When the calendar says so long to summer and welcome to fall, there’s one conundrum for kids from Atlanta to Albany, and Sandy Springs to St. Simons: finding the perfect pumpkin.
This year, skip the trip to the grocery store to pick up a pumpkin, and forge a new family tradition — a tradition that includes goats, slides and hayrides.
Head to one of the region’s pumpkin patches to enjoy some time with the family firing corn guns, feeding farm animals and making corn angels.
“We have a little bit for everybody,” Rodney Miller from the Buford Corn Maze said. “It’s a family-friendly destination and we have the corn maze of course, you can get lost in there and spend a long time. We’ve got hayrides. We’ve got jumping pillows. We’ve got baby calves. We’ve got alpacas. We’ve got baby pigs. We’ve got cow trains. We’ve got corn boxes. We’ve got all kinds of great things.”
“We were like, ‘Hey, let’s have a family trip together,’ and the Buford Corn Maze was where we decided to go,” visitor Timothy Freeman said. “We’re having a blast.”
“They’re going to see Peter Pan fighting Captain Hook, and going to see Tinkerbell in the corner along with a ship and the ocean,” Mathew Hughes from Uncle Shuck’s said. “It’s a fun design this year. The kids seem to really love it and I was surprised at the amount of adults that are like, ‘Peter Pan.’”
Uncle Shuck’s corn maze offers 15 acres of mazes, five miles of trails and 12 checkpoints. At the Buford Corn Maze, they plant 34,000 plants per acre to create a dense labyrinth.
All three farms represent two of Georgia’s top economic generators: agriculture and tourism.
“Agritourism is actually one of the fastest growing segments of tourism,” Miller said. “It’s just exploding everywhere because people have that desire to get back to the simple things of life. When you walk around this farm, you are reminded of those simple days when we were all growing up.”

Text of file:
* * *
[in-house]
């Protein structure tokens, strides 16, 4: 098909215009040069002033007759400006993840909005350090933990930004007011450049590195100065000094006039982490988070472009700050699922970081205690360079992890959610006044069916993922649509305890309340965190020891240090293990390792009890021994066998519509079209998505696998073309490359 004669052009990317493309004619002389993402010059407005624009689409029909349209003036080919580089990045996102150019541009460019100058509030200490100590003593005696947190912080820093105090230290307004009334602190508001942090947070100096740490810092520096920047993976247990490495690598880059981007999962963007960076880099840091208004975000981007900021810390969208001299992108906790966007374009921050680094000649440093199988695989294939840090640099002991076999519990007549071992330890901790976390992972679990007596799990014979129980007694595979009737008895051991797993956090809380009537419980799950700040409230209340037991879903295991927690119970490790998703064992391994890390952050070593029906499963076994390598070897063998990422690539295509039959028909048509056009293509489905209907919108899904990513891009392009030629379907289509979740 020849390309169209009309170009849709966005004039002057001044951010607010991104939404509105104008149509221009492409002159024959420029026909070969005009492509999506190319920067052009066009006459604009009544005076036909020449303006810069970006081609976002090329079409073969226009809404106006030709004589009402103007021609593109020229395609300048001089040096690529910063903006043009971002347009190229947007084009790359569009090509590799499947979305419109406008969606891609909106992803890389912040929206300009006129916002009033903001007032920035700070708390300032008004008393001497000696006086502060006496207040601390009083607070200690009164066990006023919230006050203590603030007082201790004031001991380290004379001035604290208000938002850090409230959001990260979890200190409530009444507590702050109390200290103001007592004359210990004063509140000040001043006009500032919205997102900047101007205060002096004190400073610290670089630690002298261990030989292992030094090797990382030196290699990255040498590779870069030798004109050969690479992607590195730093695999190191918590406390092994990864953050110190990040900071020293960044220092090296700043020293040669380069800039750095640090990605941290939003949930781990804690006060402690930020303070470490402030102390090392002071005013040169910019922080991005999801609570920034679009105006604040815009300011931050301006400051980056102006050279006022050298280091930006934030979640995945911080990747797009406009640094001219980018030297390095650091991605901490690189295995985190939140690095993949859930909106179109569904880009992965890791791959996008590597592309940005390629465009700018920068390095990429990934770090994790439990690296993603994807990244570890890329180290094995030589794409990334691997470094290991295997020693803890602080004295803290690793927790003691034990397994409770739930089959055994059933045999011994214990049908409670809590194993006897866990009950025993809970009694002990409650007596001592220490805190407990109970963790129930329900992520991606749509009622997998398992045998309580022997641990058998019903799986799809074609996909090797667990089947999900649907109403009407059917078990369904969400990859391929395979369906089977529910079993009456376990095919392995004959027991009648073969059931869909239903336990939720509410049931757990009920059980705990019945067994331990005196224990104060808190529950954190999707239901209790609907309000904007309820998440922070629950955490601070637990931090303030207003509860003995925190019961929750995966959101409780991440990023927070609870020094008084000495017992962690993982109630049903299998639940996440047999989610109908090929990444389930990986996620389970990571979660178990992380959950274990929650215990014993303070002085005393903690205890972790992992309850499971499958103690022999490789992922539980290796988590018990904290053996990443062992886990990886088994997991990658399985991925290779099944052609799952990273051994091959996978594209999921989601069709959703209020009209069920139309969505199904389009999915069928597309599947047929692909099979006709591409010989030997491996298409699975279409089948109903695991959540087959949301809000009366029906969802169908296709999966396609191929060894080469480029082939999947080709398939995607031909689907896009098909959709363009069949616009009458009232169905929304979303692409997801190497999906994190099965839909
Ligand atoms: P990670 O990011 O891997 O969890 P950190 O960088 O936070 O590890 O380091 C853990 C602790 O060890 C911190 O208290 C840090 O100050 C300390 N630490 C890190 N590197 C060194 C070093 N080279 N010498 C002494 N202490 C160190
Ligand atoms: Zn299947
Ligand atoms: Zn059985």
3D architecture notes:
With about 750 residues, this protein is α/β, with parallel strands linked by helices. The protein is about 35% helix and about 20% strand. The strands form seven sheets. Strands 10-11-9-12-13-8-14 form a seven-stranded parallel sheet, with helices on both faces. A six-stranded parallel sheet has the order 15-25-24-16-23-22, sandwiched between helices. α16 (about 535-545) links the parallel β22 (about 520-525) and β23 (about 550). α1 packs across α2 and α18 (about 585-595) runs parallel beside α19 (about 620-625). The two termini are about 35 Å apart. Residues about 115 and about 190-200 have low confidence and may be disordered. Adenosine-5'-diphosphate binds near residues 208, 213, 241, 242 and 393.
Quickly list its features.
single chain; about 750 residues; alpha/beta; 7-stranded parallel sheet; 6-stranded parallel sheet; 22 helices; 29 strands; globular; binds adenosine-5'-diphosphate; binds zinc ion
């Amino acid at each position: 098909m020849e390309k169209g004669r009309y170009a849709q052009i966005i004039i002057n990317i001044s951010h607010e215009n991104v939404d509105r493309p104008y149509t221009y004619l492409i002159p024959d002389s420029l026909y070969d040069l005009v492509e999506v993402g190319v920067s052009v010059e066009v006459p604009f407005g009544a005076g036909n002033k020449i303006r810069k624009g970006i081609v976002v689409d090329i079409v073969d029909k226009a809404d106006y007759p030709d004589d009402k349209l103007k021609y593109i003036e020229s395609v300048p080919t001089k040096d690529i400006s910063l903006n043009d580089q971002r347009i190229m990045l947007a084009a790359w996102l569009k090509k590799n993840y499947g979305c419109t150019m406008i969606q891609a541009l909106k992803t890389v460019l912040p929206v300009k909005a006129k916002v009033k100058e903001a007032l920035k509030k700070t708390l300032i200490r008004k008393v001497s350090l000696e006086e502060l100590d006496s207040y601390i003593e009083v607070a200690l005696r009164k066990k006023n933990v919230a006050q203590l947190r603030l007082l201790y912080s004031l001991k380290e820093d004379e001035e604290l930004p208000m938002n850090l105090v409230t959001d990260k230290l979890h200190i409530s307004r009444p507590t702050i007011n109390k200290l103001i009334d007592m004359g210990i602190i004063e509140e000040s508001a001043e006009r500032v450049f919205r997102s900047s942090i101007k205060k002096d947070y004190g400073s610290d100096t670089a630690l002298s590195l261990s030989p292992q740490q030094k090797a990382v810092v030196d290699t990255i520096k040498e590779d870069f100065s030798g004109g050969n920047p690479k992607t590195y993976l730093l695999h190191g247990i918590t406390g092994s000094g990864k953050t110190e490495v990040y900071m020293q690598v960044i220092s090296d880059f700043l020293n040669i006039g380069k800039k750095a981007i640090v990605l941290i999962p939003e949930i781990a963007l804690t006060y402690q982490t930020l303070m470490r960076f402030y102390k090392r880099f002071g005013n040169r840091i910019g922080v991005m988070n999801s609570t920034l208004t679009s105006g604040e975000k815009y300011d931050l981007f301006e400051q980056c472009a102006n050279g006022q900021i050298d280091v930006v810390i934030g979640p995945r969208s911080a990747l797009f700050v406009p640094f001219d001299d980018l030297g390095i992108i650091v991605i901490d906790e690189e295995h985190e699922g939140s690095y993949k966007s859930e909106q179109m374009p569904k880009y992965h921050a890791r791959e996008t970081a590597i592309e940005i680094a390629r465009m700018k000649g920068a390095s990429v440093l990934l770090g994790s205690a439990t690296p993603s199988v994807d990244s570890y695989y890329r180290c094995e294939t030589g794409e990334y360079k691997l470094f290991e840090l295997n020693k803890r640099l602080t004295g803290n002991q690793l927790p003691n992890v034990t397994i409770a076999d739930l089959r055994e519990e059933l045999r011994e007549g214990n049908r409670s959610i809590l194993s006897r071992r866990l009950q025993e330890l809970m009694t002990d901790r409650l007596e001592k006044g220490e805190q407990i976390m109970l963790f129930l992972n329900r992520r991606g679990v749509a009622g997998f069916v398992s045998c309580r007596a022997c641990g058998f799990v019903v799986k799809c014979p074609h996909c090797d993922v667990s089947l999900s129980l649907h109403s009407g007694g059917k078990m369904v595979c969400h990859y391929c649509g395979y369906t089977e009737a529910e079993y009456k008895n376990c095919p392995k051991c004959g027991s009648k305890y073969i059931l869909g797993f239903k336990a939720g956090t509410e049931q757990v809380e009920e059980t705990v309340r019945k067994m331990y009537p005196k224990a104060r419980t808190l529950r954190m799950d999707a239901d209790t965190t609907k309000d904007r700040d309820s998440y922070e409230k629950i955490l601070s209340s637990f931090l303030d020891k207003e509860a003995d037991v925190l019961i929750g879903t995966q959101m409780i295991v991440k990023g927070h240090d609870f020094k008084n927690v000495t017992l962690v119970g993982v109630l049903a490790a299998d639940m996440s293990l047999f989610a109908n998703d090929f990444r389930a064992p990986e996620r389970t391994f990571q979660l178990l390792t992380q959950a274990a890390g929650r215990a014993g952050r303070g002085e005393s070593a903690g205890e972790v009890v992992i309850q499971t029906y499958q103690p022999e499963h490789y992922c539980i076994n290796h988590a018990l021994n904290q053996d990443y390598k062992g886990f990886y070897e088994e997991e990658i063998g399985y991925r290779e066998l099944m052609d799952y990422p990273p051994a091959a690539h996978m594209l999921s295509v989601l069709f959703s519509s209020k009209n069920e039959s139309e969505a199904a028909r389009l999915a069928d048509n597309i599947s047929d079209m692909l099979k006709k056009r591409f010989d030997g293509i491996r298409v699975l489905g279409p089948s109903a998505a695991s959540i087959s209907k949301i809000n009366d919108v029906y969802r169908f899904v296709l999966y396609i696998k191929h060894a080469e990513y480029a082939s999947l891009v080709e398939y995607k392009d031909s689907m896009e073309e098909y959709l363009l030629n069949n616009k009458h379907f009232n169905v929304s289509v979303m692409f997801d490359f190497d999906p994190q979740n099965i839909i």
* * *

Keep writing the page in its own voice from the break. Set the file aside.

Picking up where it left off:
Agritourism produces $3.2 billion dollars in state and local tax revenue. And while some agritourism businesses began in that industry, others like Warbington Farms made the transition.
“Our family has owned the lands since the 70s,” Heard said. “We had a chicken house. We had 500,000 laying hens and in 2010, we got out of that business and into the agritourism business, and we bought 10,000 strawberry plants and we were so worried about how we were going to sell all those strawberries.”
It worked out for Warbington Farms. It sold the strawberries from all 10,000 plants that year. This year, it bought 60,000 plants.
While parents can claim these trips are all about the kids, adults can have plenty of fun while making memories, too.
“There are a lot of families, a lot of repeating families,” Hughes said. “Some of them, this is a tradition for them and some of our photo opportunities, it’s great to see the old photos where the kids (were) less than three feet tall and now, they’re six feet tall.”
In the current state of affairs with COVID-19, the good news is that visitors don’t have to travel far to find a farm. They’re outside and these farms sit on dozens to hundreds of acres, so social distancing typically isn’t a problem.
“It’s all about seeing what’s there, what’s possible and also making memories. That’s the biggest thing, making sure you have the moment when you can say 10 years down the road, ‘Hey, you remember when you were lost in the corn maze.’ It’s all about those things.” Freeman said.
And while you’re there having fun, don’t forget a pumpkin.
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